Then comes verse 8. This man, this centurion recognizes what it is to be a servant under authority. He says through these messengers to Jesus, "For I too am a man set under authority. I have soldiers under me. I have a boss, and I have people who report to me."

He says, "I know about authority. I know about servanthood. I know about being a doulos. When I have soldiers who work for me, I expect of them absolute, unquestioning obedience." He said, "I say to one, 'Go,' and he goes; I say to another, 'Come,' and he comes; and I say to my servant, 'Do this,' and he does it" (v. 8 NKJV).

Obedience, absolute unquestioning obedience is what this centurion expected of his soldiers and those under his authority, his servants. And He is saying in this context, "Because I am under Your authority and You have such great authority, I know You can just say the word and it will happen."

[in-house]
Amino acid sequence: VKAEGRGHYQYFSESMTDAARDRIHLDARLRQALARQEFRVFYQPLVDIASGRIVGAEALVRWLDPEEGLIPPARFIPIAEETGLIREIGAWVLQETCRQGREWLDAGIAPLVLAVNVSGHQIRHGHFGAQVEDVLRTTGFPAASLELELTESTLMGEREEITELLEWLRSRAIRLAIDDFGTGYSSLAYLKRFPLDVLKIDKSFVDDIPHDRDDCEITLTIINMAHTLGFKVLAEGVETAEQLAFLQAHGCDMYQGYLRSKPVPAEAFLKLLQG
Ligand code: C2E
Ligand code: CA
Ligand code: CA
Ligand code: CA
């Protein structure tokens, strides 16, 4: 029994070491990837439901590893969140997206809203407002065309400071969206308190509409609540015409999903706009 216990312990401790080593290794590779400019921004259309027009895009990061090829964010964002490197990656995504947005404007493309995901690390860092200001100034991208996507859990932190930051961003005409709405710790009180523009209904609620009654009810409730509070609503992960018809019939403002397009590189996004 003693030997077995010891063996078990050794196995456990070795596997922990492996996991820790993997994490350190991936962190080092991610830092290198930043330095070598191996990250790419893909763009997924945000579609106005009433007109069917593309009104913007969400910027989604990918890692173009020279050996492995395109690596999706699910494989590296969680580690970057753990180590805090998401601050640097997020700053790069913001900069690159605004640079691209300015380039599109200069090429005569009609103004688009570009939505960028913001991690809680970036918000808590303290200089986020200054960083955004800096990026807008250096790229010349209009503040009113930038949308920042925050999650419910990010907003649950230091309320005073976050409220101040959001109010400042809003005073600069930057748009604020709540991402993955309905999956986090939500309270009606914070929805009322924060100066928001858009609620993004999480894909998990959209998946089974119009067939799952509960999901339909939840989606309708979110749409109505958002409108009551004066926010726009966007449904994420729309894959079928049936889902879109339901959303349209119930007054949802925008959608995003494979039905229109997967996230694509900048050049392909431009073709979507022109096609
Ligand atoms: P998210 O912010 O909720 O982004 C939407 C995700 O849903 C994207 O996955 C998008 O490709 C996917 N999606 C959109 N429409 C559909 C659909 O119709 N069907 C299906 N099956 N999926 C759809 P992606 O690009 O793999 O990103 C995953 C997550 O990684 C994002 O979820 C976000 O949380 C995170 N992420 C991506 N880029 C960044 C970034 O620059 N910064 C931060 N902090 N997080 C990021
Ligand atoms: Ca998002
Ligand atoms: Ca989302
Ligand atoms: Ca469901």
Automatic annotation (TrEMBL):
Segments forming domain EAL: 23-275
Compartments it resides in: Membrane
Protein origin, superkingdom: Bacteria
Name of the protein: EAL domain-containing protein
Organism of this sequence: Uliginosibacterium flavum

Well, in that scenario we have a wonderful description of what it means to be a servant of the Lord Jesus Christ. To be a slave of Jesus Christ is to be under His authority. To be a slave means that we look to Him for direction.

Lord, what do You want me to do with my life? How do You want me to use my time? You see, the bondslave, the bondservant, the doulos, exists to fulfill the will and the wishes of his master.

And as we recognize ourselves as bondservants, bondslaves of Jesus Christ, we're saying "I can't set the agenda for my life." The question isn't what's on my to-do list for today, the question is, "Lord, what do You want me to get done today."

And that means that continuously I have to be surrendering my to-do list to the Lord. My to-do list is always longer than what can be done in a day anyway, and frequently the Lord arranges to have interruptions in my day that I had not planned.